Wednesday, February 20, 2008

It ain't what you do, it's the way that you do it

Interesting post over at Kyle Gann's blog touching upon issues of notation.

Now you may think this sort of thing is pure composer-nerd territory, but think about it for a minute: a "classical" composer is in a strange position in that he or she is dependent on others to realise his work; all the great ideas in the world are worth nothing if you can't figure out an effective way to communicate them to the performer so he or she can attempt to convey them to the audience (which you hope will consist of a least a few more people than you and your mates).

I sometimes wonder if all the exciting notation software we have available to us these days isn't stopping composers from really thinking about how they write things down. On the other hand, fancy clever notation can be a smokescreen to mask the lack of substance in a piece; there's a terrible danger that the means become the ends.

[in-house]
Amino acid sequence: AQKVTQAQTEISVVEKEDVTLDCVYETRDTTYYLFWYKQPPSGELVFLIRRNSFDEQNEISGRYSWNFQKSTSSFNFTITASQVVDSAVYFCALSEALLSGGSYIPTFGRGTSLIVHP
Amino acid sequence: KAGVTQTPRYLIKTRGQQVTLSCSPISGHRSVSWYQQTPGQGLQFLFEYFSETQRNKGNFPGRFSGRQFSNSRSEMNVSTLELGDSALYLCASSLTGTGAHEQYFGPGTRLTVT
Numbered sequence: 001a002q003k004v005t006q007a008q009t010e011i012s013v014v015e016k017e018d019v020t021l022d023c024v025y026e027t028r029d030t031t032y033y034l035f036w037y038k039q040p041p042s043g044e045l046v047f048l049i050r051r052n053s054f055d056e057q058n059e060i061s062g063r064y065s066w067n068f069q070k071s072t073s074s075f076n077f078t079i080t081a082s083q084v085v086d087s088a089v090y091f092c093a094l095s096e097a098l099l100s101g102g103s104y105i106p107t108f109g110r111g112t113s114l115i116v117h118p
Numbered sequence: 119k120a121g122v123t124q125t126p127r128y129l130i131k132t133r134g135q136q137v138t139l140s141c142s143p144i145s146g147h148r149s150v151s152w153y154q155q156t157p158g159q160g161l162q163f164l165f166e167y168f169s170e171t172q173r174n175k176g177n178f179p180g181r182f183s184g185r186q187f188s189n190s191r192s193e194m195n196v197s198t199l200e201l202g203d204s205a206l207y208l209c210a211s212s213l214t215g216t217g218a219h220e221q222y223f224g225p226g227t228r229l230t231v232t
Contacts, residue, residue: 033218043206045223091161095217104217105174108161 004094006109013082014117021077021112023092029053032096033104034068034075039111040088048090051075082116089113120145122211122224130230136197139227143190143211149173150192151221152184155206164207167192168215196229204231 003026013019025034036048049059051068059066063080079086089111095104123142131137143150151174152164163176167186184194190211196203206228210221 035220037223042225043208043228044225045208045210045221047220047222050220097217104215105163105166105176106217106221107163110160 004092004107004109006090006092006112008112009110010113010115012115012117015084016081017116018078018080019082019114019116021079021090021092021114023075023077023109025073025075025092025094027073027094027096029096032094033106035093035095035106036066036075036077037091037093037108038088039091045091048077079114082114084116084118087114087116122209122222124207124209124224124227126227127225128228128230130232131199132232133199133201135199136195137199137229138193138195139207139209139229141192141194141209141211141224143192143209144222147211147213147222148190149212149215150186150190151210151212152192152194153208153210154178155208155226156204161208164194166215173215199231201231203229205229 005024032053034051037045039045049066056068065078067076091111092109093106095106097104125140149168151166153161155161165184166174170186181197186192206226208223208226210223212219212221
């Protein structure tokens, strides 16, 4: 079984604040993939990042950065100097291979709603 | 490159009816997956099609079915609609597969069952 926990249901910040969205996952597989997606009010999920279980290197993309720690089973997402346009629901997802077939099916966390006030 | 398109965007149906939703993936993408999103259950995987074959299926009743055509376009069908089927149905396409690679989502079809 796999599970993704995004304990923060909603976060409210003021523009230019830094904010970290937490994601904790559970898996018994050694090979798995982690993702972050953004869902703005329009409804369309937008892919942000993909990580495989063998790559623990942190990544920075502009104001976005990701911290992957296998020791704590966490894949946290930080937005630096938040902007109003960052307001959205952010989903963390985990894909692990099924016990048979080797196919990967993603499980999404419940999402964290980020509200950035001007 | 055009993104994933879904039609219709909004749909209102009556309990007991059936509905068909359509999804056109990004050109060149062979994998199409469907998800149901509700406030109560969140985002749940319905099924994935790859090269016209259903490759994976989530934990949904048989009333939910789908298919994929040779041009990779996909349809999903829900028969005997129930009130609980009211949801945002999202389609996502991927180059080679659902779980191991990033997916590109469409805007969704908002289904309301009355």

It's a long, thin, high tightrope to walk: Kyle's got a point about professional musicians' aversion to anything that makes them have to stop and think, but at the same time it's important for the composer to put his instructions across as clearly as possible. Morton Feldman's a great example of a composer who writes his music out in a fashion that often sems to defy logic; but his idiosyncratic presentation does convey an important idea about the music and how one should approach it, in a way that a more superficially straightforward approach wouldn't. I guess the bottom line is, if you're going to write something in an unorthadox way, that's fine, but make sure you know why you're writing it like that. And the same goes if you're writing it just how your teacher told you to.

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